“That’s what the secretary has put them on notice about,” Hatfield said of voters, “and that’s what they’re supposed to do.”

Beetem questioned what discretion parents and school boards would lose over evaluation and accreditation if the language directing the State Board of Education to implement a uniform method is codified in the Missouri Constitution.

Lewis argued that ultimately parents and community members would have less influence over the decisions of their schools, and that school boards would have less authority if the state board’s oversight is expanded.

Haggard said that a system for evaluating public schools is already in place under state statute and regulations, and involves “heavy” state board supervision. The petition would simply move that to the Constitution and ensure a uniform method is used that would also apply to charter schools, she argued.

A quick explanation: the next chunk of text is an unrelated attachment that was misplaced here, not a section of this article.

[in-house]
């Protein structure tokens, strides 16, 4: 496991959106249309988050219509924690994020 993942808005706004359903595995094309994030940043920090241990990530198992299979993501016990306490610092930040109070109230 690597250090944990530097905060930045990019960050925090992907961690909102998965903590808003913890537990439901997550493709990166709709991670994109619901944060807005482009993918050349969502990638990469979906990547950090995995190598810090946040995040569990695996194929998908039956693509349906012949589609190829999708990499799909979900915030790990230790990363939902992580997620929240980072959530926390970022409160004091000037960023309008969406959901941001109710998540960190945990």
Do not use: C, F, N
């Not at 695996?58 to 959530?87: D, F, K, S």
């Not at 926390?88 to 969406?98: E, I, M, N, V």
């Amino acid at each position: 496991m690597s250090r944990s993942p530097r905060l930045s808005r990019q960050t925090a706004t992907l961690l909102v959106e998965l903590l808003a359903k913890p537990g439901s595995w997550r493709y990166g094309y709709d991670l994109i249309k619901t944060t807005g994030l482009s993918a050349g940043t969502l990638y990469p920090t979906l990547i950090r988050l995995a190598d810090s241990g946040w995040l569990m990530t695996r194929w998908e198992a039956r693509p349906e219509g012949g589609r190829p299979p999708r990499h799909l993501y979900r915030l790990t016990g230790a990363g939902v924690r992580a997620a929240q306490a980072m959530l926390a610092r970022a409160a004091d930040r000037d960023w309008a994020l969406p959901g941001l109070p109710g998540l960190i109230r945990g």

“Why would parents at charter schools not want to know whether their school is accredited or not?” Haggard said.

Beetem took no action during Thursday’s hearing.

Financial backing

The initiative petition faces an impending deadline. In order to appear before voters, it would need to gather at least 171,592 signatures by early May, according to the Secretary of State’s Office. Tens of thousands of dollars already donated to entities both in opposition and support of the petition suggest it will be a hotly contested proposal.

Taxpayers for Accountability, a political action committee formed in August, received $9,000 in total from the political action committee Unite, Inspire, Lead, according to the committee’s January quarterly report filed with the Missouri Ethics Commission.